If onion is a trigger for you, how in the world do you stay away from it?
Recently I was flipping through an ethnic cookbook, and found that almost every recipe contained onion. For many people, onion contributes to that next migraine attack. If you want to cook but are being confronted by an onion on every page of your cookbook, here are some ways to fight back:
- Reduce: You may find that having only a small percentage of onion in your food isn’t a problem. What I’ve done is cut the amount of onion in the recipe in half. If there was a lot of onion, you can sometimes replace what you take out by adding a little more of the other vegetables in the recipe.
- Replace (option 1): There are actually a lot of "onion-like" vegetables that you can use in the place of the onion. One popular and easy choice is garlic (though depending on the recipe you may want to use less garlic than you would have used onion). But there are other things more like onions that you may be able to use. Though many people find onion to be a trigger, far fewer seem to have problems with leeks, scallions (spring onions) and shallots. Try using these in your recipes instead of onion.
- Replace (option 2): You could flavour your food with Asafoetida. Asafoetida is sold as a powder, and when cooked in a recipe adds a flavour similar to onion.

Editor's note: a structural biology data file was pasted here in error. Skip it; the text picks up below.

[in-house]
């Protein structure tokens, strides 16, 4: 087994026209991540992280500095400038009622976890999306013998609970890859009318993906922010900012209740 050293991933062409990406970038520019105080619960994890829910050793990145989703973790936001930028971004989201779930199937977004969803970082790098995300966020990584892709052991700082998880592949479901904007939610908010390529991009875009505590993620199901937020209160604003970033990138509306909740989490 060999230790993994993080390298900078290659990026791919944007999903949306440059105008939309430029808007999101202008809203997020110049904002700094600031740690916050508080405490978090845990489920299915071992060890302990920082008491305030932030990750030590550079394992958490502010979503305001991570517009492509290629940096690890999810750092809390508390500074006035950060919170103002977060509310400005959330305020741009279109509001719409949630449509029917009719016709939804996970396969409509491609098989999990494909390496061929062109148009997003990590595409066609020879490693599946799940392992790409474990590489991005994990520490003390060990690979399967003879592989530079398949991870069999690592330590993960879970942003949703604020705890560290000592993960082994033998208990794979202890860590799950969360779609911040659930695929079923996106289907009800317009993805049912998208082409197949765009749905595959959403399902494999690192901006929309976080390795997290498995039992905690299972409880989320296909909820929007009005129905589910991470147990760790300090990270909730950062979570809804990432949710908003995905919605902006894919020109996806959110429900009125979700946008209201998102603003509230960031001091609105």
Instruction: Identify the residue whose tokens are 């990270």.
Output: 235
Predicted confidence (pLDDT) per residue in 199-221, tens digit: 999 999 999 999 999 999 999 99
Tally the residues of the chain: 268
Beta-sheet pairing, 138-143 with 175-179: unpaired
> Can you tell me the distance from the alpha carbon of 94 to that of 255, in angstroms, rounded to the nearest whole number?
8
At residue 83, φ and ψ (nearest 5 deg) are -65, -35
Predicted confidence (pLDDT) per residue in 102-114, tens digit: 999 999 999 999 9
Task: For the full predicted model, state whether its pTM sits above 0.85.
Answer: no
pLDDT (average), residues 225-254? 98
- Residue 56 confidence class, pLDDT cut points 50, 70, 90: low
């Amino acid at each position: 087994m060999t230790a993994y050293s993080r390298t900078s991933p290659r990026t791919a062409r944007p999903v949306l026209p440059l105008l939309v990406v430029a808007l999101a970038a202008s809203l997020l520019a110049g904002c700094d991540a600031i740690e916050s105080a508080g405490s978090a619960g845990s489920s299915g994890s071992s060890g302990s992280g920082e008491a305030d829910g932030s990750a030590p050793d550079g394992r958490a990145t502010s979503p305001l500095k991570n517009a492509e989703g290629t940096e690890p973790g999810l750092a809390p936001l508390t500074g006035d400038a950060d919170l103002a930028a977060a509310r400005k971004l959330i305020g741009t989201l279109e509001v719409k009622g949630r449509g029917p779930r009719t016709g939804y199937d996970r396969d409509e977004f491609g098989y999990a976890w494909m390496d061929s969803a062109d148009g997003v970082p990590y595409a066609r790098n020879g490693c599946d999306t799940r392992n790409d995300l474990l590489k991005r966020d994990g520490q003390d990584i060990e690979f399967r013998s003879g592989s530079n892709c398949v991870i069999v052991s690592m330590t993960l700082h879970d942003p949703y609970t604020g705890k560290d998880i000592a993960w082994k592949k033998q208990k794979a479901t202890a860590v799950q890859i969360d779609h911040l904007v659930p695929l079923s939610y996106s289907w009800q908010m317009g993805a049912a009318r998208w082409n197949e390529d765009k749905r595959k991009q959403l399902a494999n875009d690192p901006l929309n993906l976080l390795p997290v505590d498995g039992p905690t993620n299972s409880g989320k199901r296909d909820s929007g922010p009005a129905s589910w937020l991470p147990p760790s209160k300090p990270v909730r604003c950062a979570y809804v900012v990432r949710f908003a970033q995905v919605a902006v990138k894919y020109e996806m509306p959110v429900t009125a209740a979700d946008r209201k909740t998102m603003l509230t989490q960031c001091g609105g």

It has added benefits, because it is believed to help with digestion, and helps to lessen gas from things like beans and lentils. If you live in the Middle East or India, you shouldn’t have trouble finding it. If you don’t, you may be able to find asafetida in an Indian market, or with the ethnic foods in your grocery store. Often people who are alergic to onion will use asafetida.
- Avoid: Of course, you can avoid onion altogether. Some people find that raw onions are a problem, but cooked onions are all right. Many recipes really just use onion as extra flavour – most of the time you can simply take it out and the recipe will still work fine.
Do you find onion to be a trigger? What have you done to solve the problem?